Marfan syndrome is a rare hereditary disorder of connective tissue which causes connective tissue to be weaker than normal.
For people with the Marfan syndrome, weak connective tissue causes problems of the skin, muscles, ligaments, heart, eyes, blood vessels, and bones.
It is estimated that about one in 10,000 people has the Marfan syndrome.
People affected by the Marfan syndrome are most often unusually tall and slender, with particularly long arms, legs, and fingers in comparison to the rest of their body.
Symptoms may not be apparent until adulthood.
The Marfan syndrome follows a pattern of inheritance called “autosomal dominant inheritance.” “Autosomal” means the inheritance is linked to any chromosome other than those which determine the sex of the child. “Dominant” means the effects of the Marfan gene dominate or override the effects of the normal gene in the pair. Therefore, if one parent contributes the Marfan gene and one parent contributes a normal gene, the child will inherit the Marfan disorder. There is a 50% chance during each pregnancy that the affected parent will pass on the Marfan gene and the child will get the Marfan syndrome. There is, of course, also a 50% chance that the affected parent will pass on his or her normal gene, in which case the child will not get the disorder.
Symptoms of the Marfan syndrome may include one or more of the following:
- Excessive height
- Particularly long arms and legs, with long slender fingers and toes.
- Nearsightedness (myopia)
- Indented or protruding breast bone
- Curvature of the spine (scoliosis)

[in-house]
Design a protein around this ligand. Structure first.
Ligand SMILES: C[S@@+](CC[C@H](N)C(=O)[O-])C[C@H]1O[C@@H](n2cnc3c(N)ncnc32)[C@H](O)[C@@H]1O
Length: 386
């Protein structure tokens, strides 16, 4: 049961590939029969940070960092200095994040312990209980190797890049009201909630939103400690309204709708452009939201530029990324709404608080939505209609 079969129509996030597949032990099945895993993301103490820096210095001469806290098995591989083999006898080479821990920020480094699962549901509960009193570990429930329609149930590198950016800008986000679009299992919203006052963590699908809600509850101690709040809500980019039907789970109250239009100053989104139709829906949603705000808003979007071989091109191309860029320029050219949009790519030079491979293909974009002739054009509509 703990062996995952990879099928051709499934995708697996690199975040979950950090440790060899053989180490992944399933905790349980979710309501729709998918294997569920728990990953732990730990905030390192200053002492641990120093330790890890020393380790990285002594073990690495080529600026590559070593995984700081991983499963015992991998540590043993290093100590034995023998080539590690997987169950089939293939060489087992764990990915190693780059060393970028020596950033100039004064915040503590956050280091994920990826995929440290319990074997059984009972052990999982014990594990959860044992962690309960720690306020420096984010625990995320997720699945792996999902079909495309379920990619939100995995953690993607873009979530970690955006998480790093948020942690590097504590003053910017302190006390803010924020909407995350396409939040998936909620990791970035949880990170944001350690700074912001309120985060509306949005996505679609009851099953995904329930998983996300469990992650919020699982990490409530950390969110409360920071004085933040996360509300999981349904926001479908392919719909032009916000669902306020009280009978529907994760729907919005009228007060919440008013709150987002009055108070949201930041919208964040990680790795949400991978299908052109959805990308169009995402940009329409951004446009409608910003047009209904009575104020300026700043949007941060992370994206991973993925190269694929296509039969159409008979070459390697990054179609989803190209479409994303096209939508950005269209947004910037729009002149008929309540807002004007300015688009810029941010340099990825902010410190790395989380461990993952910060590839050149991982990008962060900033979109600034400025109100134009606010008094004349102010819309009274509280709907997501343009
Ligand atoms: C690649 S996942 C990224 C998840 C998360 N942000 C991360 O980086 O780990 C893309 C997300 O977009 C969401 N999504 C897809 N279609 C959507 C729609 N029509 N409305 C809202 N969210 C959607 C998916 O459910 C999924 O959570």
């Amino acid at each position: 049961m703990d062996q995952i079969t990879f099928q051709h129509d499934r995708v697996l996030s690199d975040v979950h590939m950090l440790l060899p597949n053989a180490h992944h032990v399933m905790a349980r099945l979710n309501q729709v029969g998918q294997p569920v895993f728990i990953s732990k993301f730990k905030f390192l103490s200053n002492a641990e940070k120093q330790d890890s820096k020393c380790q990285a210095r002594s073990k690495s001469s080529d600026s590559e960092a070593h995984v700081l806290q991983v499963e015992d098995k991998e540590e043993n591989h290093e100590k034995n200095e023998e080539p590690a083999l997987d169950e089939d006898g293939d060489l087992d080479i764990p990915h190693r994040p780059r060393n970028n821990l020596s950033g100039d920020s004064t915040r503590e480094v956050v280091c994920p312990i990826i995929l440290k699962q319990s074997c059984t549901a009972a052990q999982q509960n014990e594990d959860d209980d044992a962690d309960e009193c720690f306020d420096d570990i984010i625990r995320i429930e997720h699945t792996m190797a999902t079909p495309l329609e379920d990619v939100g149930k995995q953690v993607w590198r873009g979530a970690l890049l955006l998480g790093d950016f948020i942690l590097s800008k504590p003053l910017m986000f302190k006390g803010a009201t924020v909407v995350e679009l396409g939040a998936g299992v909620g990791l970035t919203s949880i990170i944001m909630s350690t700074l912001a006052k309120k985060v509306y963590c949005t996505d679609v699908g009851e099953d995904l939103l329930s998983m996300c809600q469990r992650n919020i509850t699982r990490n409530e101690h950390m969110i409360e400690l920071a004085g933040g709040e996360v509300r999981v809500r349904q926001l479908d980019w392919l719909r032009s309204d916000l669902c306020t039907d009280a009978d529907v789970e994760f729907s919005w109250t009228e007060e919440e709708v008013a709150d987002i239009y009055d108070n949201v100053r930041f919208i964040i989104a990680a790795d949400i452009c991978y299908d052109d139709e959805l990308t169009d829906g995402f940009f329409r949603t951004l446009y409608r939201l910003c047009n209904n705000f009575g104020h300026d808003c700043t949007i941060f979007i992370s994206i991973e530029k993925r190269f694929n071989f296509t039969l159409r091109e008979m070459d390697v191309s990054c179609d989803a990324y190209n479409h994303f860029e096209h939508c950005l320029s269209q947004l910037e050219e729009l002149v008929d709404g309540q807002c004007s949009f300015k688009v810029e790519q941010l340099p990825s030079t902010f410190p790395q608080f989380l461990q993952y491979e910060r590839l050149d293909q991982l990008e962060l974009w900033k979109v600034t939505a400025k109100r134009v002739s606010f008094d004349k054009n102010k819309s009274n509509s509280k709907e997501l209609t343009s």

- Mild to severe heart problems
- Excessive Height
Nearsightedness (myopia) is a common condition. It can be corrected with prescription glasses or contact lenses. Many children experience problems with the lens of the eye (the focusing structure located just behind the pupil of the eye and held in place by ligaments). The lens can become torn from its supports and become “dislocated.” This can cause vision problems that are mild or severe enough to interfere with progress in school. In rare instances, the lens may need to be removed surgically.
On rare occasions, a child may suffer a detachment of the retina (the light sensitive tissue located at the back of the eye). This causes a sudden loss of vision and requires emergency surgery.
Problems with the Spine
A child with the Marfan syndrome tend to develop defective spine. Defect in the curvature of the spine (scoliosis) is common. Removable brace to stabilize the spine may be helpful. In some cases, if the curve worsens, in spite of bracing, surgery may be recommended.
Problems with The Breast Bone
Surgery is occasionally recommended to correct an indented chest if it presses severely on the heart or lungs.
Heart problems can occur because the Marfan syndrome may cause leakage of the mitral or aortic heart valves. These valves control the flow of blood through the heart. Defects of the mitral valve may cause shortness of breath, an irregular pulse, and undue tiredness. Defects of the aortic valve can lead to serious heart failure. In addition, the main artery in the body, the aorta, can become dangerously weakened and rupture.
Marfan syndrome does not affect intelligence, but that visual problems often interfere with progress in school and that may affect the child’s social and psychological adjustment